The UK will remain fully aligned to EU rules supporting Irish cross-border arrangements if no deal can be agreed, negotiators said.
Without an agreed solution the UK will maintain "full alignment" with EU internal market and Customs Union provisions which underpin North-South co-operation, the all-island economy and the protection of the 1998 Good Friday Peace Agreement which largely ended decades of Northern Ireland violence, the text disclosed.
The UK said it "remains committed" to protecting North-South co-operation and its guarantee of avoiding a hard border.
The joint report from EU and UK negotiators confirmed: "Any future arrangements must be compatible with these overarching requirements."
The UK's intention is to achieve this through the overall EU-UK relationship.
"Should this not be possible, the United Kingdom will propose specific solutions to address the unique circumstances of the island of Ireland.
"In the absence of agreed solutions, the United Kingdom will maintain full alignment with those rules of the internal market and the Customs Union which, now or in the future, support North-South cooperation, the all-island economy and the protection of the 1998 Agreement."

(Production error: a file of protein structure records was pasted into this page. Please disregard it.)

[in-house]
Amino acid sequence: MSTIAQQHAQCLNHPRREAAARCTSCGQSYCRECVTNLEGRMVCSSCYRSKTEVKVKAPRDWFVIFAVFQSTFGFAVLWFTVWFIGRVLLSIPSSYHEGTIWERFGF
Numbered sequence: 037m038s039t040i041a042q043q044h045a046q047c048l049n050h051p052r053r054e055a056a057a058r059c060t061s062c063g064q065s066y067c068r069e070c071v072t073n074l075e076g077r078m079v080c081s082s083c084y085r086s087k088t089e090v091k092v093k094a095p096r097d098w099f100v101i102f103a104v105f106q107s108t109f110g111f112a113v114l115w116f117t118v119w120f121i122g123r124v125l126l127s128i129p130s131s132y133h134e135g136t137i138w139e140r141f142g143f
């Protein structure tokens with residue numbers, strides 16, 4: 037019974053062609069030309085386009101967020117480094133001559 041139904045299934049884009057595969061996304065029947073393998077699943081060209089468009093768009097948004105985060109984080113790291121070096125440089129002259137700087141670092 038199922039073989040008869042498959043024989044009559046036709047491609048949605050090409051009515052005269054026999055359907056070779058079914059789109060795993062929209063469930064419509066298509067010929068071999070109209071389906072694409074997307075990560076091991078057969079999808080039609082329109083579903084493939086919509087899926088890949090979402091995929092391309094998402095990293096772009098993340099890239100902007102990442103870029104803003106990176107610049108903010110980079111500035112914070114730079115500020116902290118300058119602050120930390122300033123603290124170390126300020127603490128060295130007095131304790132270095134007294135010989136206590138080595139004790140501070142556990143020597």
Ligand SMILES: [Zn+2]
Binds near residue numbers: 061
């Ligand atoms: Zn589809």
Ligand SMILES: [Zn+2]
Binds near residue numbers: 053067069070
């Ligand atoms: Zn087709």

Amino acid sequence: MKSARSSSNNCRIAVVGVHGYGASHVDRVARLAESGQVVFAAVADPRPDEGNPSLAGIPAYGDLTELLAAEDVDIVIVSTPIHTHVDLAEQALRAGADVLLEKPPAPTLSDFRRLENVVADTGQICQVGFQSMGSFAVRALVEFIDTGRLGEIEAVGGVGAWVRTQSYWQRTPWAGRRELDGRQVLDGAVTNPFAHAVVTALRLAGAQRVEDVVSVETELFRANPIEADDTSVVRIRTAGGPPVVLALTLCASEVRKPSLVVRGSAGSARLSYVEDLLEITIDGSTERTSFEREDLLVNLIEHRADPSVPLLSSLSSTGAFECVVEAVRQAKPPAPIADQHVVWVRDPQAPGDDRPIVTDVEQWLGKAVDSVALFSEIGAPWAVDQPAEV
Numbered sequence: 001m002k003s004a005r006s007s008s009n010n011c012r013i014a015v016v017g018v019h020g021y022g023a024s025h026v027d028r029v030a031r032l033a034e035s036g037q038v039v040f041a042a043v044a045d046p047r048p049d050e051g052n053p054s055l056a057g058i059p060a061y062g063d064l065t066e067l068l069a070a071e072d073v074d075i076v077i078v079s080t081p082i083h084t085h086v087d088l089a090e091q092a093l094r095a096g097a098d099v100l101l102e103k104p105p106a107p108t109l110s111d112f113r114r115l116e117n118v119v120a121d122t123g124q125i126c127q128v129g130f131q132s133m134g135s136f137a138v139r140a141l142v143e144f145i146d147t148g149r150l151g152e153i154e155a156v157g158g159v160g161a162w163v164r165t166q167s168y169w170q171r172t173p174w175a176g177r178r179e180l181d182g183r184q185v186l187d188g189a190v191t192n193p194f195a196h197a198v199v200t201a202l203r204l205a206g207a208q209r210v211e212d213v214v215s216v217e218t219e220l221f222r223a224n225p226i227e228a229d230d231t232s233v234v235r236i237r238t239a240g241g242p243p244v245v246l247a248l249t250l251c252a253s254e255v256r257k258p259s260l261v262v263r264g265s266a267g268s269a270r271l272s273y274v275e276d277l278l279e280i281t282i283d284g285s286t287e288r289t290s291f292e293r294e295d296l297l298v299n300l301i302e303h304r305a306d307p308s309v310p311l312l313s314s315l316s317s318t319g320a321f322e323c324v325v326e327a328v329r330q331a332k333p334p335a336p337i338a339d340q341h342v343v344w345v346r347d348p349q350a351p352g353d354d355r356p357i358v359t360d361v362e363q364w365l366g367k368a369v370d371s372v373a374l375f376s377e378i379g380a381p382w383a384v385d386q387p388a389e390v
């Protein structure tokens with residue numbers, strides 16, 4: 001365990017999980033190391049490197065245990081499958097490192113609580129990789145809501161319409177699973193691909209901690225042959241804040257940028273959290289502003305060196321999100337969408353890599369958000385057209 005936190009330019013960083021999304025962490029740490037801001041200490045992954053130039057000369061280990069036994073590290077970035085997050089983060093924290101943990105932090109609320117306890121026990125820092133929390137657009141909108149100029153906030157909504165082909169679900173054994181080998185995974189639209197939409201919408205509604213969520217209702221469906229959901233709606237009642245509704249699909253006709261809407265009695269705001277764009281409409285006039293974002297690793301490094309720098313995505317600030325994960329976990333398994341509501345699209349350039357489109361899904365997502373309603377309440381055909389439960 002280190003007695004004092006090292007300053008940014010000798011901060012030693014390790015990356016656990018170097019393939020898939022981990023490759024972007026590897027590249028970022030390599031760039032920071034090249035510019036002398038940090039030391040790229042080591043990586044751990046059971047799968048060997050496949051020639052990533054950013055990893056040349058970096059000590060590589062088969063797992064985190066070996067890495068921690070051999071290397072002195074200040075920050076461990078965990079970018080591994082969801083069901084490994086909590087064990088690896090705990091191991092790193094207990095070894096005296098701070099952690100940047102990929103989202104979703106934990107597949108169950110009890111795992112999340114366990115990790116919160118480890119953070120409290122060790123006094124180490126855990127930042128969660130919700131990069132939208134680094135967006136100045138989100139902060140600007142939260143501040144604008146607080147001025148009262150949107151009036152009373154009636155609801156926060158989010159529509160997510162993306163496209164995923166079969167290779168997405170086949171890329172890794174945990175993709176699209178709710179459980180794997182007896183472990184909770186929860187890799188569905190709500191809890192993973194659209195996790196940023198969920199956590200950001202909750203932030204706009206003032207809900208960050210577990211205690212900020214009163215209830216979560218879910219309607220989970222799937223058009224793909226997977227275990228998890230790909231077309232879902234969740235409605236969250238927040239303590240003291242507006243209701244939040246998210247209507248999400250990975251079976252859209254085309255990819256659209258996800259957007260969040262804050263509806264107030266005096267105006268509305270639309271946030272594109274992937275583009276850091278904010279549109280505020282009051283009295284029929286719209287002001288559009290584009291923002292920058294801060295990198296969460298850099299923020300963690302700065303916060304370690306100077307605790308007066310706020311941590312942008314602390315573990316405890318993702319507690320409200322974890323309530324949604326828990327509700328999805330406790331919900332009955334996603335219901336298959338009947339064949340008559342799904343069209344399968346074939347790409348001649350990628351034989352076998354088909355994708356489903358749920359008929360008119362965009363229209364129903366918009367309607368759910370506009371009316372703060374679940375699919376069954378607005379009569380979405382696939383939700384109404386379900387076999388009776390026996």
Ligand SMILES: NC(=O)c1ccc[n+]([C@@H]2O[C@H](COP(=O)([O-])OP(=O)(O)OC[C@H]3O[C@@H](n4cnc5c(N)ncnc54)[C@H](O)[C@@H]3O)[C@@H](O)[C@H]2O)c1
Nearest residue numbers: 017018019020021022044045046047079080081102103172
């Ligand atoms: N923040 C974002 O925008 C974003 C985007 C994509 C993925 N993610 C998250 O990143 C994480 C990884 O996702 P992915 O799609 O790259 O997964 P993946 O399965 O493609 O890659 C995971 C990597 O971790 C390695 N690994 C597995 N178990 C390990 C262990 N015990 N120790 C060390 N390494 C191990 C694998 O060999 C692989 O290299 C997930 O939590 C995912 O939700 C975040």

Under the Good Friday Agreement there is co-operation between Northern Ireland and the Republic on a wide range of areas including tourism, health, waterways and cross-border trade.
Many people cross the border every day for work and the mainly small and medium-sized enterprises on both sides of the frontier rely on on its openness to send goods back and forth.
The Good Friday Agreement enshrined many of the North-South co-operation measures in an international treaty between Ireland and the UK.
The breakthrough in the Brexit negotiations also contained concessions for the DUP.
It said: "In the absence of agreed solutions ... the United Kingdom will ensure that no new regulatory barriers develop between Northern Ireland and the rest of the United Kingdom, unless, consistent with the 1998 Agreement, the Northern Ireland Executive and Assembly agree that distinct arrangements are appropriate for Northern Ireland.
"In all circumstances, the United Kingdom will continue to ensure the same unfettered access for Northern Ireland's businesses to the whole of the United Kingdom internal market."